Woody vegetation structure and composition along a protection gradient in a miombo ecosystem of western Tanzania.
Banda-Sakala, Tasila*,1, Schwartz, Mark 2, Caro, Tim1, 3, 1 Dept. of Wildlife, Fish and Conservation Biology, Davis, California2 Dept. of Environmental Science & Policy, Davis, California3 Tanzania Wildlife Research Institute, Arusha, Tanzania
ABSTRACT- Fully protected areas such as national parks are often assumed to be the best way to conserve plant diversity and maintain intact forest composition and structure. To evaluate this, we sampled trees in areas with four different levels of protection: a national park, where the protection level is very high, a game controlled area which allows tourist hunting of big game animals, a forest reserve which allows selective harvest of trees, and an open area where human populations have unrestricted access to forest resources. All four land management areas had healthy size-class distributions with greater numbers of juvenile trees (2-10cm DBH) than adults. Mean stem density of trees was highest (947 stems ha1) in the game controlled area and was lowest (635 stems ha1) in the national park. The former had the highest basal area value (24 m2 ha1) while the human-inhabited open area had the lowest (11 m2 ha1). Species richness in the forest reserve and game controlled area was significantly higher than in the other areas. The total number of plots with unique species not found anywhere else was highest in the open area while the national park had significantly fewer plots containing unique species. Our measures of forest structure and composition show that fully protected national parks do not necessarily conserve the greatest diversity of tree species or unique species, indicating that a suite of different types of protection strategies may be the key to conservation of trees in these African dry tropical forests.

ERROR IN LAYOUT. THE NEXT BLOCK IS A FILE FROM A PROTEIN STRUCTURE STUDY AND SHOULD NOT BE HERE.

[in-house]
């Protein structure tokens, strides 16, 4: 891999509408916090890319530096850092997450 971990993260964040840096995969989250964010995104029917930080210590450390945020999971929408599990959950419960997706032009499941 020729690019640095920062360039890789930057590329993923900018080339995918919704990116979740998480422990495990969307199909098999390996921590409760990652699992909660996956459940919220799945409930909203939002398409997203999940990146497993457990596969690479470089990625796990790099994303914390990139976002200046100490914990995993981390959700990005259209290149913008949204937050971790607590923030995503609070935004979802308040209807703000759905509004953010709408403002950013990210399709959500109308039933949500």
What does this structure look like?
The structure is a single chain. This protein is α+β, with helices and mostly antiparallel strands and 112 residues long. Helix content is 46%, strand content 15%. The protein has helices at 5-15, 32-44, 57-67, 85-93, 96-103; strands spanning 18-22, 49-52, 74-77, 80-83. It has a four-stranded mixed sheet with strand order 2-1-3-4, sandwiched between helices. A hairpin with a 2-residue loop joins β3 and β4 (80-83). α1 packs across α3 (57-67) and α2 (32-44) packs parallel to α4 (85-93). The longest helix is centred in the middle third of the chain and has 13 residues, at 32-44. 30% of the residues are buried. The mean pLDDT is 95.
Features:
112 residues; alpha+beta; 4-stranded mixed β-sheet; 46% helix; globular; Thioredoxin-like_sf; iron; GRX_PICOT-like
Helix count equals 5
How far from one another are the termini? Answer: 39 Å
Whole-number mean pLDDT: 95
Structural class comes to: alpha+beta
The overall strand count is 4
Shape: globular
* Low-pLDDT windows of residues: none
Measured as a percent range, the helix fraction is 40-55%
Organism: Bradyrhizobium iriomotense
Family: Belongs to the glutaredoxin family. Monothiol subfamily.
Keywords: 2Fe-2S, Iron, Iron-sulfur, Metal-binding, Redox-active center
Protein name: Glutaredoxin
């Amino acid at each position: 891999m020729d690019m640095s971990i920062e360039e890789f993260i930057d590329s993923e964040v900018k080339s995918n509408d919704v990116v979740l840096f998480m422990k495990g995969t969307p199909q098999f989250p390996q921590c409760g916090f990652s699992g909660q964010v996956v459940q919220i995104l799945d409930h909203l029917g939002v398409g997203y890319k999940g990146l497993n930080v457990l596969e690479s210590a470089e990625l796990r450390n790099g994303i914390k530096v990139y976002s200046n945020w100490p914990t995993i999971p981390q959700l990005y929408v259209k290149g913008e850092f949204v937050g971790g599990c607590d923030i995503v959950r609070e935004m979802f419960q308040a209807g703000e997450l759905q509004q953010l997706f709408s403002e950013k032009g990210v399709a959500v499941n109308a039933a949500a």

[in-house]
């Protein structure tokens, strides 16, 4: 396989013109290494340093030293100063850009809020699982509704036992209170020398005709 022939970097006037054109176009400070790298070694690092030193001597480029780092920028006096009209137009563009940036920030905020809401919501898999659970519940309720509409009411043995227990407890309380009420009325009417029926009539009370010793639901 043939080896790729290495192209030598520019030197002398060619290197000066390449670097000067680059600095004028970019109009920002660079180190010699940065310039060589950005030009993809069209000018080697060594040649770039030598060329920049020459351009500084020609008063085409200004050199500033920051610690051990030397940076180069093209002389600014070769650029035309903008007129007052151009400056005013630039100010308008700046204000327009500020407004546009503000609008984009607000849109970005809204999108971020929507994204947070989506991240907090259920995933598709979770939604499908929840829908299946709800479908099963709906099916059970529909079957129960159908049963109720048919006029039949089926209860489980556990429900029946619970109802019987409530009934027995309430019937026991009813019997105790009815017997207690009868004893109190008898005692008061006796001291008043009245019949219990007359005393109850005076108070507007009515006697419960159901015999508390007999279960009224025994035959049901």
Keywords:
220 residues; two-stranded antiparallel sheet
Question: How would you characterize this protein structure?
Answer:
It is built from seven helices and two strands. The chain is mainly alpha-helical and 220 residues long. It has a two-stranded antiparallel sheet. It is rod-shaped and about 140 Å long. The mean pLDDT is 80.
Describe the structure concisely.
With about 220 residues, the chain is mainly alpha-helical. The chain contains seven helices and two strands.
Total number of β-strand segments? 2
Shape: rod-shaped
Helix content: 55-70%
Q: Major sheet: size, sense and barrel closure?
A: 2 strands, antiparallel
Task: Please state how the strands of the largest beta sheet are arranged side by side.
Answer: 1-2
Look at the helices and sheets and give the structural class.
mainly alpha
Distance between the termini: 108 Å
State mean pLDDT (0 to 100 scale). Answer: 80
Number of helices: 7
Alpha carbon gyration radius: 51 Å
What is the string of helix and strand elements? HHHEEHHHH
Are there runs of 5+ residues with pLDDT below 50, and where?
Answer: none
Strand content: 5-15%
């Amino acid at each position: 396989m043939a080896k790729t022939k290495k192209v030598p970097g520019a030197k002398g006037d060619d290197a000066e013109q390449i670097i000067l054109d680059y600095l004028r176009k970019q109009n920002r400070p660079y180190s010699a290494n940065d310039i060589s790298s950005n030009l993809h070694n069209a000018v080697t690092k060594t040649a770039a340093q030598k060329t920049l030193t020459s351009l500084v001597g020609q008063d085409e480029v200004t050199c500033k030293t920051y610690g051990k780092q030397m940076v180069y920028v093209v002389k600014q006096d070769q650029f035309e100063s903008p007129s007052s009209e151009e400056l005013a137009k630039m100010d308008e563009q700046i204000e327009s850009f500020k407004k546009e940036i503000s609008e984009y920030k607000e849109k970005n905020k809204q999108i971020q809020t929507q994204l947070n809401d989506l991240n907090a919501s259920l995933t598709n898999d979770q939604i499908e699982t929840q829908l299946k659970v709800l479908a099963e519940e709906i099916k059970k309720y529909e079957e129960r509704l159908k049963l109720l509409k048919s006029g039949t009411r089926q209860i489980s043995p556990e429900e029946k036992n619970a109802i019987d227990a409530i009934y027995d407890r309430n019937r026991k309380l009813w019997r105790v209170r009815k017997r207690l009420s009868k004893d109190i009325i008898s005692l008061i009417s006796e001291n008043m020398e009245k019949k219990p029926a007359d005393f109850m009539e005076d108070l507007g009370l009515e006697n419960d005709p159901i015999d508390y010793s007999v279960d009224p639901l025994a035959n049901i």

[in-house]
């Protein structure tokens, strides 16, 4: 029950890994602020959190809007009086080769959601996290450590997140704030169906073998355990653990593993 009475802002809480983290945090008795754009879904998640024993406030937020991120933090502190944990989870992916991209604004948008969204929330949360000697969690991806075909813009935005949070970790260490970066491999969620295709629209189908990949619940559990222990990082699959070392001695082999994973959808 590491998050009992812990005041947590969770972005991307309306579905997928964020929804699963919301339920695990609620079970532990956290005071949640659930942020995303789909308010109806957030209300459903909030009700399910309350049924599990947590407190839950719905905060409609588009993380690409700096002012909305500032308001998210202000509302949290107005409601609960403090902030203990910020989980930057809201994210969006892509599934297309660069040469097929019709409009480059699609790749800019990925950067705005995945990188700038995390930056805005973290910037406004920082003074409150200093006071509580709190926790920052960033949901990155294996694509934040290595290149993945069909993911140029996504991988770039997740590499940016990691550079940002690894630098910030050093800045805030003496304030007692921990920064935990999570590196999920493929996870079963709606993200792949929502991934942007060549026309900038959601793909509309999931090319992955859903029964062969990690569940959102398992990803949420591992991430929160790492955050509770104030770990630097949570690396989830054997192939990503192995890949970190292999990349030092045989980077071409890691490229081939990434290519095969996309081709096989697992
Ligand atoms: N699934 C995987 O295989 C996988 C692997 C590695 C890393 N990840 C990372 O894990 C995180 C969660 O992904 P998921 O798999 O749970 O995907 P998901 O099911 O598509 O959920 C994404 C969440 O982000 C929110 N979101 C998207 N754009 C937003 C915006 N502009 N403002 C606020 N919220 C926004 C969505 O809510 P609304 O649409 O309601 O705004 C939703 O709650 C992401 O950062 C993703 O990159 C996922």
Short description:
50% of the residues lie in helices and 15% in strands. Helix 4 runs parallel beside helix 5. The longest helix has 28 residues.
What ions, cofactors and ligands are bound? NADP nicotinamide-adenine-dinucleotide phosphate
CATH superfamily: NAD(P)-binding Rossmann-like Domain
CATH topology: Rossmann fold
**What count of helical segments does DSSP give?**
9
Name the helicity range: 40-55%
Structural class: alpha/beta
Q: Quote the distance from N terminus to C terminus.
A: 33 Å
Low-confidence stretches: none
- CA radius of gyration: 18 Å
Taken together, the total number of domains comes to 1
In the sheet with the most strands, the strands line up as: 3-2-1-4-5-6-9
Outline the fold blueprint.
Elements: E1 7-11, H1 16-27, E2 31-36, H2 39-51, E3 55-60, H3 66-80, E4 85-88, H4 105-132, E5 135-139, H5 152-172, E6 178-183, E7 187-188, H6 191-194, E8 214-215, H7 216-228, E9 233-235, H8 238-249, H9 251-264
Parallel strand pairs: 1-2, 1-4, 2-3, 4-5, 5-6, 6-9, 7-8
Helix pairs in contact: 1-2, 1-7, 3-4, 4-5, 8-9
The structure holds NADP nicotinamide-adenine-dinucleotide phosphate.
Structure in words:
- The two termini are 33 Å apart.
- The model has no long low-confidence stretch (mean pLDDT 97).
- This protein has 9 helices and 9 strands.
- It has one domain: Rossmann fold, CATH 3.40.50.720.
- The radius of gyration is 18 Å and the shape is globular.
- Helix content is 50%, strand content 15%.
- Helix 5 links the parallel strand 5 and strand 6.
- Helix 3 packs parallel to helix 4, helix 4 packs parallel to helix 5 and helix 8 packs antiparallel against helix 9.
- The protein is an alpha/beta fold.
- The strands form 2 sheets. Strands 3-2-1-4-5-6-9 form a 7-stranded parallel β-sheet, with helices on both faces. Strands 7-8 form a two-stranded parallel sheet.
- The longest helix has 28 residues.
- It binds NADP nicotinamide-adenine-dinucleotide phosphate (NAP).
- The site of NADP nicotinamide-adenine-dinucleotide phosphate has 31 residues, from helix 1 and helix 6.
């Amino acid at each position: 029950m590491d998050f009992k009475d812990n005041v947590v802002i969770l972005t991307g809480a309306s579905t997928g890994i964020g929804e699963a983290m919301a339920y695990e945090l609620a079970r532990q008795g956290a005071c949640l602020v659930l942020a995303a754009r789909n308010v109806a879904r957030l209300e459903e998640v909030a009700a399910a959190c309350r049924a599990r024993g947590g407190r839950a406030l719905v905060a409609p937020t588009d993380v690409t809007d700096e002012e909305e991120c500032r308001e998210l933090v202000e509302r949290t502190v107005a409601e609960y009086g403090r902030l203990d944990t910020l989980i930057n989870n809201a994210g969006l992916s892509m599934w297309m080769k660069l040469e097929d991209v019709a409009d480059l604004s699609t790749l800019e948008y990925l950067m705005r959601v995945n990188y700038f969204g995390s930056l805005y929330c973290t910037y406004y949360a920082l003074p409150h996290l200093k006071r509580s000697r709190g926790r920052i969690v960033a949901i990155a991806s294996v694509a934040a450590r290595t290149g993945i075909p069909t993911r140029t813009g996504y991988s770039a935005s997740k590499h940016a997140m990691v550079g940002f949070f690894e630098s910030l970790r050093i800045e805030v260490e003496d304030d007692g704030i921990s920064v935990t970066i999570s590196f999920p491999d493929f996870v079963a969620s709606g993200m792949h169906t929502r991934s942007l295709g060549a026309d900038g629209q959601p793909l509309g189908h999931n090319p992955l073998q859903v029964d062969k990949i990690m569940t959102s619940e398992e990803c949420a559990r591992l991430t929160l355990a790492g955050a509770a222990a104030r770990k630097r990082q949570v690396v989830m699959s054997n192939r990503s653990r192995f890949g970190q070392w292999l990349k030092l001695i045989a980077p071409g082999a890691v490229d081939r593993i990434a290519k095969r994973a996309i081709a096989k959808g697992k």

Key words: miombo ecoregion, Katavi National park, protection gradient, game controlled area
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